‘STANDARD’ ORDERS: TOWARD A DEMOCRATIC APPROACH

There are problems, inevitably, if only a small group permits itself to to draft official precedent orders, especially ‘mandatory’ orders. Such official ‘precedents’ may be wrong in law – ie unlawful; but who is to say if the goup is lead by a High Court judge. In that context that judge’s views cannnot be challenged; and if they are outlaw, they may cause severe injustice. One of teh orders in the present clutch of ‘standard orders’ illustrates this – in my opinion; and my opinion does not begin to vie with the certainties of Mostyn J

By many standards to deprive a person of his home is a severe step. It engages issues under European Convention 1950 Arts 6 and 8, and maybe others. A judge who takes such a step should tread carefully. Mostyn J – for whom I have massive admiration – cannot ever be praised for the subtlety of his tread. Shades of grey rarely trouble him. Quaint hyperbole embellishes his certainties.

The law in this area is defined by Matrimonial Causes Act 1973 s 24A(1) provides for an order for sale:

‘Where the court makes under section 23 [in effect, a lump sum order] or 24 [property adjustment order] then, on making that order or at any time thereafter, the court may make a further order for the sale of such property as may be specified in the order, being property in which or in the proceeds of sale of which either or both of the parties to the marriage has or have a beneficial interest, either in possession or reversion’.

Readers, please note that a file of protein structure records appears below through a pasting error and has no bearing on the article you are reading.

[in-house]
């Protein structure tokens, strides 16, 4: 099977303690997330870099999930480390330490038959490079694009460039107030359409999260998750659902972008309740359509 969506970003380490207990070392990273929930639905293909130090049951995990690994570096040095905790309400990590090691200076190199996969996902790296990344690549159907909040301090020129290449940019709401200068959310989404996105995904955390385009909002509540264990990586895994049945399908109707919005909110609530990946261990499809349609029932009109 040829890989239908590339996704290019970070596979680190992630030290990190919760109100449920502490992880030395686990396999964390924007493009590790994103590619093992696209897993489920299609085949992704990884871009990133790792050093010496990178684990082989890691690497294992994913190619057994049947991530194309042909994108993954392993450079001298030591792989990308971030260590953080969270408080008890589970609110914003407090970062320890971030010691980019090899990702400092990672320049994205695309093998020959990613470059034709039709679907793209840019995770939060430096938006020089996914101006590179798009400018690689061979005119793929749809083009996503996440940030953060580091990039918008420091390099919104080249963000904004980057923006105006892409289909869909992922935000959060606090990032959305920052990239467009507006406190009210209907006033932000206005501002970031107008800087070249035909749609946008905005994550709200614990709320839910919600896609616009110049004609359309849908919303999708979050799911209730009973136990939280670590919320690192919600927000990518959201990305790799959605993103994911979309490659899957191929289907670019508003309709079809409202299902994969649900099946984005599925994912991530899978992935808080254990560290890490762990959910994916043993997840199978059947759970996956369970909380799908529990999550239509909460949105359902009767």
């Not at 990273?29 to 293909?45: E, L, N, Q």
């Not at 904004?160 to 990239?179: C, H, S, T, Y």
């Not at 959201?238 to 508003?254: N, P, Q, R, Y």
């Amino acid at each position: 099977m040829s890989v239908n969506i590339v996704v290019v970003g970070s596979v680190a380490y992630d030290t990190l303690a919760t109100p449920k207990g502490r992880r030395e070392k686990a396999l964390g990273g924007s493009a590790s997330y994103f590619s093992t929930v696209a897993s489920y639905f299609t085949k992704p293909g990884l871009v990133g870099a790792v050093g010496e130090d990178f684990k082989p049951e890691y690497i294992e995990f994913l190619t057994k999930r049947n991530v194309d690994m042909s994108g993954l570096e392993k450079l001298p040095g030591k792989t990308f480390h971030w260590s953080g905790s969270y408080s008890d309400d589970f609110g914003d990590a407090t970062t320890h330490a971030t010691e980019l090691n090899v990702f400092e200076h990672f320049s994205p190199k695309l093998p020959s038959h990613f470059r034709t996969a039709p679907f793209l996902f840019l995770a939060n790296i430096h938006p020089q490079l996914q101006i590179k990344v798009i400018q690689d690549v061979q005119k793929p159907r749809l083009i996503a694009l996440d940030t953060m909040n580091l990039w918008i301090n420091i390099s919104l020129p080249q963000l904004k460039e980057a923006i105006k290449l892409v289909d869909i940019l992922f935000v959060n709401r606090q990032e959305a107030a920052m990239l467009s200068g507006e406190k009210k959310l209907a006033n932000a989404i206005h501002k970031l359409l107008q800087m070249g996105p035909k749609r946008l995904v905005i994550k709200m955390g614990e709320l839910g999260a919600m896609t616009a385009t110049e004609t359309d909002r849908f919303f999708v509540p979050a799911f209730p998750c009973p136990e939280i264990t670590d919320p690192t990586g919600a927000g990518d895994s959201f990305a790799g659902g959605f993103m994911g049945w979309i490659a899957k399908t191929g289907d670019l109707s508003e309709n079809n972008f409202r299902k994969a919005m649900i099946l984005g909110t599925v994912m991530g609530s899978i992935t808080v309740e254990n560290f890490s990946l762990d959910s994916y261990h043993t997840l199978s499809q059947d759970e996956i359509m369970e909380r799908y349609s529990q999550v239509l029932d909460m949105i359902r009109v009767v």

In terms of ordinary English, the passages in italics seem not too difficult. The order for sale is contingent on the lump sum or property adjustment order. It is not free-standing. Family Procedure Rules 2010 recognises this: the s 24A order is not a financial remedy order. The draughtsperson understands that it is contingent.

That a spouse should in law normally have time – even only a short time – to comply with the order, was confirmed by Coleridge J in V v V (Financial Relief) [2005] 2 FLR 697, Coleridge J. A couple of years before the V v V (I acted for Mrs V in that case: the s 24A(1) finding was the high-point of her appeal) I had retained Mostyn J to represent a husband on an appeal where the district judge had ordered him to sell his house (he had acted in person at first instance); and, though he could buy out W, she insisted on her pound of flesh: he had to sell his house. It is not breaching confidence to say that Mostyn QC said to H that because he had said so in case of le Foe, s 24A(1) meant an immediate sale was the law (ie no contingencies applied) then that was the law. Like Humpty Dumpty (of the time) a judge – Mr Mostyn QC, sitting as a High Court judge – could say what he liked, and that became the law. (En pasant he kindly commended to the client my writing ability.)

V v V has been decided since le Foe, yet still the ‘draft order’ is as follows:

‘The [family home] / [property/ies] [as in definition above] shall be sold forthwith on the open market for sale and the following conditions will apply:

  • the property shall be placed on the open market for sale immediately…(itlaics supplied)

Now I would hope that most readers would say that that is not, in law, an order which can be made. Coleridge J, following the words which Parliament enjoined upon him – with a little encouragement from me – said that ‘forthwith’ could not be. The same goes for sale ‘immediately’. The Resolution precedents go with Parliament and the common law (per Coleridge J). The President’s intended draft rules, like Cnut defying the waves, continue their old unlawfulness. And if this is Mostyn J (on occasion, the scourge of unlawfulness eg in UL v BK (Freezing Orders: Safeguards: Standard Examples) [2013] UKHC 1735 (Fam)), I can only echo Luke 23: 34, and ask pity on him, for (to adapt the words slightly, and respectfully) ‘he knows [perhaps] not what he does’.

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